David Rhodus has checked in a new version of BIND, which may correct the recently discovered possible DoS. (commit notes don’t specify.)
Matt Dillon has added in a new ‘libcaps’ library, mostly for experimentation, which appears to be the base for userland threading.
Continue reading “libcaps in”
Matt Dillon added an “upcall mechanism to support userland LWKT”. You can look at the man page for upc_register in source.
Aaaand it’s done – rebuilding your system with current sources will give you a
uname that reports “DragonFly”. Through some trickery, most ports are apparently not broken by this.
The make release step no longer depends on perl, thanks to Jeroen Ruigrok.
I’ll quote Matt Dillon’s entry cause I’m working late:
” The MBWTest program (/tmp/mbw1) attempts to figure out the L1 and L2 cache sizes and measures L1, L2, and non-cached linear memory bandwidth.”
Matt Dillon’s added boot code from FreeBSD 5 – this allows AMD64 and ELF64 support. He also pushed in new linker code and some (not yet enabled) support for UFS2.
Use installkernel and installworld as part of your build process, and you should be fine with these changes. However, you will manually have to copy
There’s been a lot of new code lately – that’s good!
Variant symlinks are possible now, though you currently have to set the sysctl vfs.varsym_enable. ‘varsym’ can be used to mess with them at any time, however.
Matt Dillon’s reorganizing some of the header files; if you build a new kernel anytime soon, make sure you build from scratch using ‘config -r’, as some of the old header files have now vanished.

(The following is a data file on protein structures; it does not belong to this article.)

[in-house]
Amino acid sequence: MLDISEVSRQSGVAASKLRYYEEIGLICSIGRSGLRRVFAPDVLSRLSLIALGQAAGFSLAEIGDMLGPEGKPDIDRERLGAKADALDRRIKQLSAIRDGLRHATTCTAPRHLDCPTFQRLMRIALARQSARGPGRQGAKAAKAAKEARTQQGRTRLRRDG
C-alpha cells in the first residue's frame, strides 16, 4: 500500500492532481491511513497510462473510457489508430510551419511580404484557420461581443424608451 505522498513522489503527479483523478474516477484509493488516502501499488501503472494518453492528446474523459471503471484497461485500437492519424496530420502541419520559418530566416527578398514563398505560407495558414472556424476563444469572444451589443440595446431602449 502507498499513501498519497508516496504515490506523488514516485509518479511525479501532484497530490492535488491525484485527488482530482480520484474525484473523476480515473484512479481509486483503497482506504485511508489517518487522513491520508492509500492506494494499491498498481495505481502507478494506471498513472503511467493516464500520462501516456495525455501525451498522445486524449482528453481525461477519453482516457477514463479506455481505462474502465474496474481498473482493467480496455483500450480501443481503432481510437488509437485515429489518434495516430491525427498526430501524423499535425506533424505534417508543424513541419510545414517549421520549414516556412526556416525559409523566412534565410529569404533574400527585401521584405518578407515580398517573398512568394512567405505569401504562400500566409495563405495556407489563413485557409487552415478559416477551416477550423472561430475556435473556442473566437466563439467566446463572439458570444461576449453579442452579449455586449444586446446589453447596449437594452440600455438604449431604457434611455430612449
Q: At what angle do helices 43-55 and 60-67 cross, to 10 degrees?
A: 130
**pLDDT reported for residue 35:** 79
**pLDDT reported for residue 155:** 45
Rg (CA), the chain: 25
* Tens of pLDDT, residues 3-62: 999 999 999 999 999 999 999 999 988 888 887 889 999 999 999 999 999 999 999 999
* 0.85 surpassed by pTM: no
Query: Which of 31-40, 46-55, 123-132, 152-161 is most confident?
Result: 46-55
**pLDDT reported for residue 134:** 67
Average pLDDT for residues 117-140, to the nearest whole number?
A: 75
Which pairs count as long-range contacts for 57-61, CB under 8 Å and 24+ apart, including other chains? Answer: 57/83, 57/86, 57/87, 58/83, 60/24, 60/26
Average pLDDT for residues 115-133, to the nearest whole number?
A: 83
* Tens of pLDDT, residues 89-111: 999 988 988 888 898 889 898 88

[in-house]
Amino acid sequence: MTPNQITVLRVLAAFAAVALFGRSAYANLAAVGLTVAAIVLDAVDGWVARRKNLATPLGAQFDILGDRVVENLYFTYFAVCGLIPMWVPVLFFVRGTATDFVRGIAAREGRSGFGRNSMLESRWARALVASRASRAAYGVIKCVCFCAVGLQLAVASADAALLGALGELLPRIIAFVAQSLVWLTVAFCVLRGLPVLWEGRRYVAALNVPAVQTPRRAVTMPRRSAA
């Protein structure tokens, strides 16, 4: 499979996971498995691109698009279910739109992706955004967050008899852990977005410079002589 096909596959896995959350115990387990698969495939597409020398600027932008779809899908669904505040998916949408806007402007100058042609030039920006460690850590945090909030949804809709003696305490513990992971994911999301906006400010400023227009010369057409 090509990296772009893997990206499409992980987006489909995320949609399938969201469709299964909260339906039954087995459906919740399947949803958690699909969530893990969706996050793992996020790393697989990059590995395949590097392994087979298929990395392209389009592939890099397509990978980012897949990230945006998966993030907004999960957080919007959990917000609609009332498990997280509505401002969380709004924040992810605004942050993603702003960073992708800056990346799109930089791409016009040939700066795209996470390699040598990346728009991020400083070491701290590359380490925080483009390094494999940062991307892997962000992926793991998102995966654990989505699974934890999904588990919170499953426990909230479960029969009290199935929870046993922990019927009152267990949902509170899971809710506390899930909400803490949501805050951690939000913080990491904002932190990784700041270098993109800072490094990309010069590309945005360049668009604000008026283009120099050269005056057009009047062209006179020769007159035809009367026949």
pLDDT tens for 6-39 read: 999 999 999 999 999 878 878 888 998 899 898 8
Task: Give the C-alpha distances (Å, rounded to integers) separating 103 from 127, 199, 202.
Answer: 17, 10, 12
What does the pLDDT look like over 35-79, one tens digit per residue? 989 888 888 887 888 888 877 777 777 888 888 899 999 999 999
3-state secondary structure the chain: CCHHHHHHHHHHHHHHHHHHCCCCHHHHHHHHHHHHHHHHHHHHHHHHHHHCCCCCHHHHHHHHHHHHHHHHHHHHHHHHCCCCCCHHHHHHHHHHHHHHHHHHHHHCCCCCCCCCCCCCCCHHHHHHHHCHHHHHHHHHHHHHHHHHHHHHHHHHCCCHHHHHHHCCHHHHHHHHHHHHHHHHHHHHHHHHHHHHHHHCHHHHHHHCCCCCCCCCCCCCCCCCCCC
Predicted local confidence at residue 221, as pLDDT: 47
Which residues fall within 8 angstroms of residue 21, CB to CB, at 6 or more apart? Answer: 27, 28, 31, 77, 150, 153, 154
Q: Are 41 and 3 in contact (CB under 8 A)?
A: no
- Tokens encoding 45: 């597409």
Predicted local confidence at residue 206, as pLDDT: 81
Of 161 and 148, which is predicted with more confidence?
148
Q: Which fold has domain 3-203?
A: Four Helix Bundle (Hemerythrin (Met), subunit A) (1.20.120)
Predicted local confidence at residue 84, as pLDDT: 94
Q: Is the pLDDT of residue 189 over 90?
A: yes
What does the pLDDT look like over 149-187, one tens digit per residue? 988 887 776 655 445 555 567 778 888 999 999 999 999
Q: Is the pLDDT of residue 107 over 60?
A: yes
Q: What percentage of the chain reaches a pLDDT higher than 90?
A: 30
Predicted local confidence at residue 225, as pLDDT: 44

Changes to systat by Kenneth Culver gives it the ability to show each network interface and its throughput.
Jeffrey Hsu and Matt Dillon’s network changes are being committed – the first third is in, according to a commit by Matt.
Matt describes the plan thusly:
“Basically the goal of this work is to isolate and serialize PCBs in specific threads in order to (A) not have to lock them and (B) improve cache locality for ISR processing loops as well as for data. Isolating a network PCB means dealing with the points where the PCB talks to other parts of the system. There are three points where this happens:
- incoming packets go through preprocessing (e.g. IP) before
being routed to the target protocol & PCB (e.g. TCP and UDP).
- user syscalls operate on PCBs
- timers and such initiate work related to particular PCBs”
I wish I knew what a PCB was.
Matt Dillon’s putting in some material from FreeBSD-5, so if PNPBIOS is defined, you may not produce a working kernel during the next few days.
update: PNPBIOS should not be enabled if you have a AMD64 machine, and the K8V motherboard, as that appears to be broken.
The 3c940 ethernet driver (found on ASUS K8V motherboards) is now supported. It’s the ‘sk’ device. Matt Dillon’s AMD64 machine apparently arrived.
Eirik Nygaard has also cleaned out all the __P() in usr.bin and usr.sbin, and incidentally gained a commit bit. Congrabulations.
Eirik Nygaard submitted a patch that removes over 700 instances of __P() from src/sbin/. It’s been committed.
The main DragonFly site has been fixed up, in part with some changes I’ve submitted. Whee! I contributed!
The memory slab allocator is now on by default, and the old system is gone.
Man pages for pim(4) and multicast(4) for “Protocol Independent Multicasting”, are in.
Sysinstall has been modified with changes for NFS; you can pick NFSv3 (default) and TCP protocol (not default), now, along with some internal changes.
The SysV IPC regression test suite has been added, in
File System Exerciser, in
tools/regression/fsx, has been added, by David Rhodus.
fdisk now has a -p option, to let it operate on disk images.
Debugging is now turned on by default in the GENERIC config.